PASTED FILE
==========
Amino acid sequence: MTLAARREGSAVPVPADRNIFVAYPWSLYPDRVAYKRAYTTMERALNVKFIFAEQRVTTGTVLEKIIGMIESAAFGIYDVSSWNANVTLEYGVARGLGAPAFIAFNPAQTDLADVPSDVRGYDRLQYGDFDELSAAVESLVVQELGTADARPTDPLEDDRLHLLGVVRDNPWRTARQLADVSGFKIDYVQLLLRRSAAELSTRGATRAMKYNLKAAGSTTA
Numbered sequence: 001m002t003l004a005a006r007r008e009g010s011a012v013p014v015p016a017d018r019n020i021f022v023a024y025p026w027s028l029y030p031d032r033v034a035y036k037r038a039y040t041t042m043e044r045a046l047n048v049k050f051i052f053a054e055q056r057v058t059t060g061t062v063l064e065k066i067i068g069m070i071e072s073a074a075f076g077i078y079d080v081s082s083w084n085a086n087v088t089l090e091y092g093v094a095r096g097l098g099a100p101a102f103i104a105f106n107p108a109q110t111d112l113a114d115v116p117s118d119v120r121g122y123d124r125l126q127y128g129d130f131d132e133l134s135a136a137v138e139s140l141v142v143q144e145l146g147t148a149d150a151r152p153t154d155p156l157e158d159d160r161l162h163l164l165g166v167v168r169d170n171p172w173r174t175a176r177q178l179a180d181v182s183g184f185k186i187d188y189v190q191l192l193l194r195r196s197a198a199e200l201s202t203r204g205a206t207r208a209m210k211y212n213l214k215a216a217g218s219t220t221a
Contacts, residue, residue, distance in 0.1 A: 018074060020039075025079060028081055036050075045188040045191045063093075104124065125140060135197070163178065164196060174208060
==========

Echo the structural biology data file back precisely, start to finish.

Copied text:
Amino acid sequence: MTLAARREGSAVPVPADRNIFVAYPWSLYPDRVAYKRAYTTMERALNVKFIFAEQRVTTGTVLEKIIGMIESAAFGIYDVSSWNANVTLEYGVARGLGAPAFIAFNPAQTDLADVPSDVRGYDRLQYGDFDELSAAVESLVVQELGTADARPTDPLEDDRLHLLGVVRDNPWRTARQLADVSGFKIDYVQLLLRRSAAELSTRGATRAMKYNLKAAGSTTA
Numbered sequence: 001m002t003l004a005a006r007r008e009g010s011a012v013p014v015p016a017d018r019n020i021f022v023a024y025p026w027s028l029y030p031d032r033v034a035y036k037r038a039y040t041t042m043e044r045a046l047n048v049k050f051i052f053a054e055q056r057v058t059t060g061t062v063l064e065k066i067i068g069m070i071e072s073a074a075f076g077i078y079d080v081s082s083w084n085a086n087v088t089l090e091y092g093v094a095r096g097l098g099a100p101a102f103i104a105f106n107p108a109q110t111d112l113a114d115v116p117s118d119v120r121g122y123d124r125l126q127y128g129d130f131d132e133l134s135a136a137v138e139s140l141v142v143q144e145l146g147t148a149d150a151r152p153t154d155p156l157e158d159d160r161l162h163l164l165g166v167v168r169d170n171p172w173r174t175a176r177q178l179a180d181v182s183g184f185k186i187d188y189v190q191l192l193l194r195r196s197a198a199e200l201s202t203r204g205a206t207r208a209m210k211y212n213l214k215a216a217g218s219t220t221a
Contacts, residue, residue, distance in 0.1 A: 018074060020039075025079060028081055036050075045188040045191045063093075104124065125140060135197070163178065164196060174208060